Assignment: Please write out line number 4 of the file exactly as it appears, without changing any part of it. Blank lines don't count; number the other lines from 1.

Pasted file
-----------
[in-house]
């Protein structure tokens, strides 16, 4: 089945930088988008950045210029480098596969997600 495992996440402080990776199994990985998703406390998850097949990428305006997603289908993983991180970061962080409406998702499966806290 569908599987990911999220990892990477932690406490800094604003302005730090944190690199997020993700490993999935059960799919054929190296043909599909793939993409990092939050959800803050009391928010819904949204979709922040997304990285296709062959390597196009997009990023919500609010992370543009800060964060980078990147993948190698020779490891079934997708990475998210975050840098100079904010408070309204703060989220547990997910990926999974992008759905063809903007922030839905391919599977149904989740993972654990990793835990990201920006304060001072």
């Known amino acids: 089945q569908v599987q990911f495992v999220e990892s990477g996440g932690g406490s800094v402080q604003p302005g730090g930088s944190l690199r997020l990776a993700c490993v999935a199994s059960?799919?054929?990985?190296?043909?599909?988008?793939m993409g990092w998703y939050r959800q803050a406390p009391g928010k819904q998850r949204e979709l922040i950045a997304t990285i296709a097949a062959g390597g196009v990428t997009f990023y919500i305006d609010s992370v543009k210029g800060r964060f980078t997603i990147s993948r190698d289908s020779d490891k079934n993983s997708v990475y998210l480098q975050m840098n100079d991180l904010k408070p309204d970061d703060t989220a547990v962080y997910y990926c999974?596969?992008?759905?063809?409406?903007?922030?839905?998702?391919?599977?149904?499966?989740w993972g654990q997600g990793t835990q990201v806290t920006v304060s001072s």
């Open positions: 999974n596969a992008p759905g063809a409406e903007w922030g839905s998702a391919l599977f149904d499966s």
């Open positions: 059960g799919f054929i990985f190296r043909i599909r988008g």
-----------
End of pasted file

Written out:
């Open positions: 999974n596969a992008p759905g063809a409406e903007w922030g839905s998702a391919l599977f149904d499966s």